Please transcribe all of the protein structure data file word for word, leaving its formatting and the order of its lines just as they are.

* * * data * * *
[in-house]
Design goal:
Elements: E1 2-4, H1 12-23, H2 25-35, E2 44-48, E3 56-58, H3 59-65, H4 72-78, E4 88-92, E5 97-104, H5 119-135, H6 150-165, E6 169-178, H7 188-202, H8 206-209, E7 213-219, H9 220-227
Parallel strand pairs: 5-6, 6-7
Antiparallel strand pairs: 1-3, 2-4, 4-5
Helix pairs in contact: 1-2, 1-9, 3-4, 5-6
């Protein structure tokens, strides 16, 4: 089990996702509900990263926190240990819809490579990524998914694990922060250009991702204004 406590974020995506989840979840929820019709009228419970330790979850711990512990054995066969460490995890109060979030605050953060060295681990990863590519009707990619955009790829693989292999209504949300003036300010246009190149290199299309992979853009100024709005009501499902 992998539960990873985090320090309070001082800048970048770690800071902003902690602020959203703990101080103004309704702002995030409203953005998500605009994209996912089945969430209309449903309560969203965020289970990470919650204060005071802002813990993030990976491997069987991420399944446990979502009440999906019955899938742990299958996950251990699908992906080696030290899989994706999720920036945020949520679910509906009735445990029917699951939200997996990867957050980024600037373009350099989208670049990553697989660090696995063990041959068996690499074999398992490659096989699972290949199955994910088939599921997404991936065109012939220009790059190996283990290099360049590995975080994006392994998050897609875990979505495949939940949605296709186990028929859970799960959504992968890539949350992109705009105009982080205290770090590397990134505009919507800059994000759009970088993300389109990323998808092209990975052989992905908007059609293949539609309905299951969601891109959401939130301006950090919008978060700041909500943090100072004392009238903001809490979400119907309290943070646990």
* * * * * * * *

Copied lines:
[in-house]
Design goal:
Elements: E1 2-4, H1 12-23, H2 25-35, E2 44-48, E3 56-58, H3 59-65, H4 72-78, E4 88-92, E5 97-104, H5 119-135, H6 150-165, E6 169-178, H7 188-202, H8 206-209, E7 213-219, H9 220-227
Parallel strand pairs: 5-6, 6-7
Antiparallel strand pairs: 1-3, 2-4, 4-5
Helix pairs in contact: 1-2, 1-9, 3-4, 5-6
């Protein structure tokens, strides 16, 4: 089990996702509900990263926190240990819809490579990524998914694990922060250009991702204004 406590974020995506989840979840929820019709009228419970330790979850711990512990054995066969460490995890109060979030605050953060060295681990990863590519009707990619955009790829693989292999209504949300003036300010246009190149290199299309992979853009100024709005009501499902 992998539960990873985090320090309070001082800048970048770690800071902003902690602020959203703990101080103004309704702002995030409203953005998500605009994209996912089945969430209309449903309560969203965020289970990470919650204060005071802002813990993030990976491997069987991420399944446990979502009440999906019955899938742990299958996950251990699908992906080696030290899989994706999720920036945020949520679910509906009735445990029917699951939200997996990867957050980024600037373009350099989208670049990553697989660090696995063990041959068996690499074999398992490659096989699972290949199955994910088939599921997404991936065109012939220009790059190996283990290099360049590995975080994006392994998050897609875990979505495949939940949605296709186990028929859970799960959504992968890539949350992109705009105009982080205290770090590397990134505009919507800059994000759009970088993300389109990323998808092209990975052989992905908007059609293949539609309905299951969601891109959401939130301006950090919008978060700041909500943090100072004392009238903001809490979400119907309290943070646990």